How to become the engineers of our own evolution

March 20, 2012 | Source: Smithsonian Magazine

Fringe TV show intro (Credit: Warner Bros)

Adherents of “transhumanism” — a movement that seeks to transform Homo sapiens through tools like gene manipulation, “smart drugs” and nanomedicine — hail developments such as prototype bionic eyes and printed tracheas as evidence that we are becoming the engineers of our own evolution.

Transhumanists say we are morally obligated to help the human race transcend its biological limits; those who disagree are sometimes called Bio-Luddites. “The human quest has always been to ward off death and do everything in our power to keep living,” says Natasha Vita-More, chairwoman of Humanity+, the world’s largest trans­humanist organization, with nearly 6,000 members.

While some transhumanists believe that technological change will be gradually incorporated into ordinary life, others anticipate the arrival of the Singularity, when exponentially smarter machines transform our world in unknowable ways. Some transhumanists believe that the only humans able to adapt will be those who have become cyborgs and merged their minds with intelligent machines.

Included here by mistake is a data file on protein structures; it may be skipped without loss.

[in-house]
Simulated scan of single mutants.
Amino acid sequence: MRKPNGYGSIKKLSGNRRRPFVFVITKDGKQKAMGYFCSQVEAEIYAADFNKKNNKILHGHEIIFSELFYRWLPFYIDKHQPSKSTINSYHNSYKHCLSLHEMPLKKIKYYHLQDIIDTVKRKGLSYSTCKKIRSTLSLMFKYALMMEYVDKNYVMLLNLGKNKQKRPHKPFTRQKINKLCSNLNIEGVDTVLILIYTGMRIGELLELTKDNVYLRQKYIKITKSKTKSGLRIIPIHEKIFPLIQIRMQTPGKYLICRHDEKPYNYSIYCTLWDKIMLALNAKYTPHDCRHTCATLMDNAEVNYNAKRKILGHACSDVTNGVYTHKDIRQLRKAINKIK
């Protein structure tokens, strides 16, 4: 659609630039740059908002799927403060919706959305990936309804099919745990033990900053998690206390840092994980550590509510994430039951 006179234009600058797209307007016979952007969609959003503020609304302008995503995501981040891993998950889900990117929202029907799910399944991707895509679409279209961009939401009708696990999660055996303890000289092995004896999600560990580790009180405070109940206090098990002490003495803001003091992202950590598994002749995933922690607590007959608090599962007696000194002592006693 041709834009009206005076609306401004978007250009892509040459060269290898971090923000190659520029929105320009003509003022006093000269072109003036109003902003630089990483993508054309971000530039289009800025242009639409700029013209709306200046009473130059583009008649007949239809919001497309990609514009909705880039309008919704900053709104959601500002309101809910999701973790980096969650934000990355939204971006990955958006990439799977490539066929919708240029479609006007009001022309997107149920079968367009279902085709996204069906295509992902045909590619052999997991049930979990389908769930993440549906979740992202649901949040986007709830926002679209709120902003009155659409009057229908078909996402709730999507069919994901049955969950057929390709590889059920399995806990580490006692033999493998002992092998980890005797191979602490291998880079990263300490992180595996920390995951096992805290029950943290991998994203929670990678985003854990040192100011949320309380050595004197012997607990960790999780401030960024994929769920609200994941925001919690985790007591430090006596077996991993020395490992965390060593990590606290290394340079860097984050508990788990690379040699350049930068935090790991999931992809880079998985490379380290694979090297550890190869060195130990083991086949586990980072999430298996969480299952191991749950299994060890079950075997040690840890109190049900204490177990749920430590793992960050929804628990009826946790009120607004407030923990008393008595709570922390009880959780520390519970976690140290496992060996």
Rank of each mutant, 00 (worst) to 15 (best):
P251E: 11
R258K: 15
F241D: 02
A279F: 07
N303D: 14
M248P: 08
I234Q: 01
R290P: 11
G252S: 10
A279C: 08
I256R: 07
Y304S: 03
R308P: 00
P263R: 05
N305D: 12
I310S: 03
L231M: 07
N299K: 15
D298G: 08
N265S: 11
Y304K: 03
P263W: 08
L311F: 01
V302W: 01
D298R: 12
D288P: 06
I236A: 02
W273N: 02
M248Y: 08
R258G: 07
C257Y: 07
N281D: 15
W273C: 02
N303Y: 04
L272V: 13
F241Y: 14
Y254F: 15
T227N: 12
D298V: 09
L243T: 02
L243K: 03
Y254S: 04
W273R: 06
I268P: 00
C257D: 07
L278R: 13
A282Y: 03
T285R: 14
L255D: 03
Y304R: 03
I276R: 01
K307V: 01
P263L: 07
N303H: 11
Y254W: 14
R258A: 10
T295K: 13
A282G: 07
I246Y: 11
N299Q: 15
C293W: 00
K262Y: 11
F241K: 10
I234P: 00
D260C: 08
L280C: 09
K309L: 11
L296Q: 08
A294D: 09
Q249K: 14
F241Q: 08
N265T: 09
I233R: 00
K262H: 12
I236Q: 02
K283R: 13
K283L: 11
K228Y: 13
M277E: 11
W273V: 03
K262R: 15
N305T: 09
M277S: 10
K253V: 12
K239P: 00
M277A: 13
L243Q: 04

Some worry about the implications of transcendent technologies. Political scientist Francis Fukuyama, author of  The End of History? and a former member of the President’s Council on Bioethics, warns that efforts to rid ourselves of negative emotions could have unforeseen side effects, making us less human. “If we weren’t violent and aggressive, we wouldn’t be able to defend ourselves,” he wrote in Foreign Policy. “If we never felt jealousy, we would also never feel love.”

More on Transhumanism:

Humanity+ Magazine
Institute for Ethics and Emerging Technologies (IEET)